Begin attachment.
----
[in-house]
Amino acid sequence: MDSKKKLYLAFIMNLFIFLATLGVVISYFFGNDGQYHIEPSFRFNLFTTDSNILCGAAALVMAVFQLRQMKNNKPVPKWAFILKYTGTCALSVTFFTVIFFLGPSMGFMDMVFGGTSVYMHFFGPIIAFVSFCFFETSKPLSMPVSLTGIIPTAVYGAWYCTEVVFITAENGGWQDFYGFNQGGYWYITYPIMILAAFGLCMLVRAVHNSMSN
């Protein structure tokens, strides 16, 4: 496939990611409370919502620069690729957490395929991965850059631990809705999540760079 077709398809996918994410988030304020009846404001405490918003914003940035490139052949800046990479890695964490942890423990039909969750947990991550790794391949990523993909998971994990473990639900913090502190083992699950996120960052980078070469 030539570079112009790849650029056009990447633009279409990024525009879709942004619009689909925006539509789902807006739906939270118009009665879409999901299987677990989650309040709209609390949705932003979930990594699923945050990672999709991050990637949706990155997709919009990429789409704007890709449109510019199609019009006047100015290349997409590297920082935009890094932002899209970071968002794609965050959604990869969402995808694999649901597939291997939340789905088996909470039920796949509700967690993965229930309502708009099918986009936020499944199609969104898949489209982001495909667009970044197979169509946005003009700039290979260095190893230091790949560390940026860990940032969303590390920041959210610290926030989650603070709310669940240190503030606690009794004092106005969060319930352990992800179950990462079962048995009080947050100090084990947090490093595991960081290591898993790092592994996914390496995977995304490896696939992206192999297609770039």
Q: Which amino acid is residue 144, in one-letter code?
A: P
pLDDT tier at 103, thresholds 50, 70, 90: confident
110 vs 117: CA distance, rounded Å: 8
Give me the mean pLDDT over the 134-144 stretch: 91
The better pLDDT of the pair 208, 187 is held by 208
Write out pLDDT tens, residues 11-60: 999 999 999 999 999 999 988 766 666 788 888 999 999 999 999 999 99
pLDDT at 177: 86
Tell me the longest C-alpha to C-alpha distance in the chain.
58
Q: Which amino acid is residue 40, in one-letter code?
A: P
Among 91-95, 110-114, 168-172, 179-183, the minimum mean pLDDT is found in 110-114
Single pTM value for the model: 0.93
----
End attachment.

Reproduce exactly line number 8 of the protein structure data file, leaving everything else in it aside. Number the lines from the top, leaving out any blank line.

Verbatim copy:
Give me the mean pLDDT over the 134-144 stretch: 91